Also, tax preparers who have no credentials and haven’t joint the AFSP program will not appear in the listing despite being allowed to provide tax preparation services. If your tax preparer is in that group – you can verify the credentials by asking the preparer to show you the PTIN card. PTIN card is provided annually by the IRS to anyone who’s registered to prepare tax returns for others for that year. A preparer with PTIN card only can only prepare tax returns, and only during the period the PTIN card is valid.

Have a safe tax season!

Your Little Advisor

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A quick follow up on Turbo Tax Deluxe edition

As a follow up to my recent article, it appears that Turbo Tax Deluxe has been reduced in functionality from what you may have been used to from prior years. If you need to fill Schedules C, D or E you’ll need to buy either the Premier or the Home and Business version of the software.

However, if you have already paid for the Deluxe version and you do need these forms, you can either upgrade, or take the H&R Block on their offer and get their version which includes all the relevant forms - for free. Note – proof of purchase of the Turbo Tax Deluxe version is required. To redeem – follow the instructions here:

How do I take advantage of the no-cost upgrade offer?

To get the free H&R Block deluxe program, you must provide proof, such as an invoice, that you bought a TurboTax basic or deluxe program and email it to switchtoblock@hrblock.com. The company will then send a link for a free download. (Block’s deluxe software sells for $44.95 as a download on its website).

Your Little Advisor

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Getting ready to filing your taxes?

This is the tax season again, and many people are starting to prepare their tax returns. Some are preparing the documents to provide to their tax preparers (you might want to read this post on how to chose your tax preparer), others are trying to do it themselves.

This year I’m joining the ranks of those in the latter category. I will be using Turbo Tax to prepare my own tax return. I’ve mentioned Turbo Tax before on this blog, and it is my opinion that while may be more expensive – the Turbo Tax program is much better than the competitors (H&R Block was also reviewed here).

However, this year I have another suggestion to you. The US tax law is convoluted and extremely complex. Sometimes, the preparation software guidance is not enough to understand the terms or to answer the questions it presents. Many times, it suggest to go to the IRS instructions, which are notorious for not being very clear or helpful.

So what is my solution?

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The free speech and the Streisand effect.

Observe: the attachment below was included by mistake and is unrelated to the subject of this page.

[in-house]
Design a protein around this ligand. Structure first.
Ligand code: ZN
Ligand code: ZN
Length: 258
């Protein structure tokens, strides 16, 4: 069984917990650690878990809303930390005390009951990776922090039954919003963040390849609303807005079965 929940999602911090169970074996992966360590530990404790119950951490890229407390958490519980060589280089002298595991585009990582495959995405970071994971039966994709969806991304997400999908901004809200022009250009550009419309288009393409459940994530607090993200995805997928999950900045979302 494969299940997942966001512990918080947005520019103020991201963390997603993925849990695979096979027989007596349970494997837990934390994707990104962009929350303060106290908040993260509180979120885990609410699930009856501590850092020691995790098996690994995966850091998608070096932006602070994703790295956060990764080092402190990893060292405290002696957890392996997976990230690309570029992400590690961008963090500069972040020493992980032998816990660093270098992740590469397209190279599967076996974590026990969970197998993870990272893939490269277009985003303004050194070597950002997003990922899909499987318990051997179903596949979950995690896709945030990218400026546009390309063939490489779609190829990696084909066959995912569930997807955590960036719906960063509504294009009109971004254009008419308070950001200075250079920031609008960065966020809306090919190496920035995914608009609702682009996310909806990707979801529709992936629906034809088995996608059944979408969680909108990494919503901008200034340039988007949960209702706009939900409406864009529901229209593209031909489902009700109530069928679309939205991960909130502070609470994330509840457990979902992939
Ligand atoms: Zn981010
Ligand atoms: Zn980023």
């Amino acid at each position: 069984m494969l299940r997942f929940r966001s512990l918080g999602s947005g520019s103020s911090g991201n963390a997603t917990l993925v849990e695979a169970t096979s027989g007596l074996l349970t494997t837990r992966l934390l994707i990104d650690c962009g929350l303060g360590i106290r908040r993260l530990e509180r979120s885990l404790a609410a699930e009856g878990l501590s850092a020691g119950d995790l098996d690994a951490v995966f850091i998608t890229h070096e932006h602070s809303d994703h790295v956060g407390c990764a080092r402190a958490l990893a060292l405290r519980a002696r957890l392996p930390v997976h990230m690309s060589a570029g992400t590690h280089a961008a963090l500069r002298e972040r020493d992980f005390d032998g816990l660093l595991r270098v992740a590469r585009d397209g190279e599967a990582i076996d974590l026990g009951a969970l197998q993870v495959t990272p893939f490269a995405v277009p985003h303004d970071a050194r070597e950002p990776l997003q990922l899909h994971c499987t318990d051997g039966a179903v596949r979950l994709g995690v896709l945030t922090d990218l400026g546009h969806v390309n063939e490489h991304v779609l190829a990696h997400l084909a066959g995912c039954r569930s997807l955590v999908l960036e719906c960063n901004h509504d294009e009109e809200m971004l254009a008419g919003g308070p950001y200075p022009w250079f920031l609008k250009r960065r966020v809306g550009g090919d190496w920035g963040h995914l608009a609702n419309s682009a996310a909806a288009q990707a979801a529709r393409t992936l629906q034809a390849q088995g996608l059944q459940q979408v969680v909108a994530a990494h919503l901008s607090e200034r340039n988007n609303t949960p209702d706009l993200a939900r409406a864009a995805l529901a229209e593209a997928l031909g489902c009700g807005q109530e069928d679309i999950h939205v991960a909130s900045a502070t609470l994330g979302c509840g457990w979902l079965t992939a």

“The Interview” (available on XBox and Google Play) has proven, once again, that in the age of Internet it is very hard to suppress information you do not like to have published.

There’s a thing called “the Streisand Effect”. It is called after the famous singer and actress Barbara Streisand. Why, you ask? Because at some point of time, circa 2003, Barbara wanted a picture of her house taken off of some web site.

No-one cared about the website or the picture until then and no-one actually really knew it was there or cared to look.

Until Barbara started making noise about removing it.

That’s when the traffic started flowing and the picture became famous and one of the most viewed at the time. Just a picture of a house on a beach. You can read more about it here.

What is the point? The point is that people are like little children, as a whole. You tell them “you cannot do that” – and it only encourages them doing that thing you have just forbidden them to do. Someone took a picture of your house? Who cares! You say we cannot see it? But we want to! Lets all go and see that picture!

Same with “The Interview”. The movie got a perfect score on Rotten Tomatoes even before it got released. Not because it is such a great movie (it is not, and the score went down significantly after people had actually watched it). But because of the publicity it got with the North Koreans trying to suppress it and Sony yanking it.

Some say that the Sony hack was a false flag attack (i.e.: they did it themselves and blamed the Koreans, as a publicity stunt), but I don’t buy it. Too much damage was inflicted to too many people (and Sony itself) to believe Sony would do it to itself.

But this has proven to us, once again, that the Streisand effect is going to happen any time someone tries to pull such a stunt. As log as we have the free and uncensored Internet, removing information from it by any single party is essentially impossible, and will only lead to that information being spread wider and talked about louder.

And that’s a good thing. And that is why we need to continue opposing legislation like SOPA or PIPA.

May be we should start renaming the Streisand Effect into the “Un Effect”?

Your Little Advisor

Who watched the stupid movie, and unless you really like Seth Rogen’s comedy – wouldn’t advise spending money on it.

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It’s that time of the year again!

We’re at the end of another year!

Usually at this time I’ll remind you of stuff and explain you some stuff. So instead of repeating myself, I decided to put together a least of my prior articles that are relevant to the end of the year time and the start of the tax season.

So… Here it is:

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No more “free loans” from your multiple IRAs

Starting with 2015, the IRS will start enforcing the new interpretation of the law which forbids the practice of taking “free loans” from multiple IRA accounts.

What does it mean?

For a long time there’s been a practice of taking distributions out of an IRA, keeping/using it for up to 60 days, and then depositing back to an IRA. A kind of free short term loan.

If a taxpayer had multiple IRA accounts, it has been the IRS position that the taxpayer could do this “trick” once a year per account.  This changed this year.